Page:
The Outstanding 17th at Ratho Farm
The 178-meter (195-yard) par 3 seventeenth was simply an outstanding golf hole! Fully enclosed by beautiful golden tussock grasslands, this one-shot hole demands a perfect shot. With a small bunker left of a green that slopes right to left, seventeen makes my nervous draw a scary thought. With fear in my swing, I pulled a five iron just left of the greenside bunker but was lucky not to have strayed into the grassland. I hit a good pitch shot up and over the bunker but left it short and settled for a bogey.
The Oldest Golf Course in the Southern Hemisphere
After our round, we had the pleasure to have a chat about the history of the course with the engaging and entertaining host Greg Ramsay. Similar to Prestwick, Mr. Ramsay explained, Ratho Farm’s early history started out as 12 holes.
According to the book Golf Architecture: A Worldwide Perspective Volume Three by Paul Daley, Alexander Reid brought his golf clubs with him when he moved from Scotland to Tasmania back in 1822. Recognized as the Father of Australian Golf, Mr. Reid “brought golf to the flourishing colony of Van Dieman’s Land”. Mr. Daley notes that there were very few golf courses outside of the East Coast of Scotland at the time. Bothwell is Australia’s oldest golf course and is in fact the oldest golf course in the Southern hemisphere. And, according to the book, Ratho Farm is also the oldest remaining golf course outside of Scotland!
There are many similarities with early golf in Scotland found at Ratho Farm. First of which is the square greens. This was because the keeper of the greens would set up pegs in the ground and then wrap a wire around them to keep the sheep off. Prestwick also has square greens. Another similarity to the origins of golf is that the tees are placed right next to the greens This was so a player could grab a pinch of sand from the hole just finished and use it as a tee on the next hole.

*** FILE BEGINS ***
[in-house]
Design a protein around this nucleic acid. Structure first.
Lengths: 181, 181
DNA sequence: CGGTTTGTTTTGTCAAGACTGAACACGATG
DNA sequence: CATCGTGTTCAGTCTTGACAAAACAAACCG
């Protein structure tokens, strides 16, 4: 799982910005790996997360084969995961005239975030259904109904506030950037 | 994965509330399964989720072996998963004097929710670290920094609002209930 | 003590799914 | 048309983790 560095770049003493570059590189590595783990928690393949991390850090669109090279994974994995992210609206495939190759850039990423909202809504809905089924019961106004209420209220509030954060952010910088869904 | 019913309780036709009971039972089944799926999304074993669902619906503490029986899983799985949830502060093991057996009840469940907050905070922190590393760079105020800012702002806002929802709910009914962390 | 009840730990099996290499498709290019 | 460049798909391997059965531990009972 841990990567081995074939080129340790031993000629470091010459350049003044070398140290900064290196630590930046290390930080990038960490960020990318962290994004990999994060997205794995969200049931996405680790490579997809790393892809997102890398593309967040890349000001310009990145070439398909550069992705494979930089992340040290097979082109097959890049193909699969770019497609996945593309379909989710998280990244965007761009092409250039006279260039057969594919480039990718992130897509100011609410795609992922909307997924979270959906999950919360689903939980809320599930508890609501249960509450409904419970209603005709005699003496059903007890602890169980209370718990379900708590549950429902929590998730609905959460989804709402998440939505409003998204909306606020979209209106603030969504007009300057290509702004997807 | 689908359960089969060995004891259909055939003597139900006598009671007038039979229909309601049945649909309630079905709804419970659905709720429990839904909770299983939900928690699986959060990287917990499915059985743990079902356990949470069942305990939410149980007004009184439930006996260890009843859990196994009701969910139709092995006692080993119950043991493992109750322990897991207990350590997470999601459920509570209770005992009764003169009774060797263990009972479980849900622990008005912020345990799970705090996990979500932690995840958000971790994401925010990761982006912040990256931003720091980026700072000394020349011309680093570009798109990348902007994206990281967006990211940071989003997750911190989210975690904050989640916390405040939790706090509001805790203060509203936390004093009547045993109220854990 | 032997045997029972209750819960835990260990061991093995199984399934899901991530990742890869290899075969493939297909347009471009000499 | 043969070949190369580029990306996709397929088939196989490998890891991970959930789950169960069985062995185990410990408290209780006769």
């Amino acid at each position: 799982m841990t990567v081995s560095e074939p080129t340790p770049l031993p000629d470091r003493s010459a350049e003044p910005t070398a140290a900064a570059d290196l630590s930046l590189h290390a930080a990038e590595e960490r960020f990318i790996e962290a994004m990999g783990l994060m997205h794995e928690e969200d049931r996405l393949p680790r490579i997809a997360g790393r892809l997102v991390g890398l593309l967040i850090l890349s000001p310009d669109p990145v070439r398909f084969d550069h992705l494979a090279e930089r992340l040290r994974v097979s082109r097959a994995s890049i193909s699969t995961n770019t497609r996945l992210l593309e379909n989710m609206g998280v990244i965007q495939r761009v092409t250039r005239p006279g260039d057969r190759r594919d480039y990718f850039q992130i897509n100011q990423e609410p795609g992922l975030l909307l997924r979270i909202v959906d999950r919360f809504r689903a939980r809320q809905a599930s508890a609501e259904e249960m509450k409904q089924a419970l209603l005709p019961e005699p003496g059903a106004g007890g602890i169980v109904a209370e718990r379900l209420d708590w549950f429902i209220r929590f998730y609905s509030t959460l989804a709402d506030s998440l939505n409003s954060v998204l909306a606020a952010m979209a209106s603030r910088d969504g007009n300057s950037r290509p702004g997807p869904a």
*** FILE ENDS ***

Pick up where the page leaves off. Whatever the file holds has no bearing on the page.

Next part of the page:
While we were in the small town of Bothwell, we spent an afternoon admiring the Australian Golf Museum. Among the many fascinating golf treasures, we spotted Mr. Reid’s golf clubs. We marveled at the long and adventurous trip these clubs took, and the role they played in Australia’s golf history.
Our Experience at Ratho Farm
We listened as Mr. Ramsey told stories and showed us around the property. His passion and enthusiasm for the game are genuine, and we could have listened to his tales all day. Ratho Farm has been in his family for four generations, dating back to when his great-great-grandfather bought the farm because of its spectacular trout fishing!
While we don’t know much about trout fishing, we can attest that the golf at Ratho Farm is spectacular. And SO much fun! Ratho is a must-play for any student of the game, golf history buff, or just general golf nerds. You surely won’t find another one like it! Because of its history, Ratho was one of our must-play courses in Australia. We’re so excited to be able to check this one off our ultimate bucket list! After all, playing golf courses like Ratho Farm is exactly why we travel and golf!
As we said our goodbyes and drove Putu out of the car park, little did we know that our brief encounter with Greg would lead us to one of the most unforgettable experiences in our entire journey- a weekend golf trip to King Island!
Everything you need to know to play Ratho Farm
Ratho Farm is in Bothwell, the center of Tasmania’s Heartland region.
Bothwell is located just 17 minutes off Tassie’s “main” South-North route, the Midland Highway. It is about an hour drive north of Hobart, and an hour and a half drive south of Launceston.
There is a surprising number of fun things to do in Bothwell. Bothwell’s roots are Scottish, so it’s no surprise that there are great Whisky distilleries and fishing found nearby. Bothwell is also home to the wonderful Australasian Golfing Museum, where it is possible to see Mr. Alexander Reid’s golf clubs!
Address: Ratho Farm, 2122 Highland Lakes Road, Bothwell, Tasmania 7030, Australia
Phone: +61 3 6259 5553
Ratho Farm is an 18-hole course that plays 5140-meters (5621-yards) par 70 from the Back tees, and 4369-meters (4778-yards) par 73 from the Forward tees.
The golf course is walkable and extremely playable for all abilities.
Ratho Farm is open to the public, and the green fee is an incredible $40 AUD for 18 holes if booked online.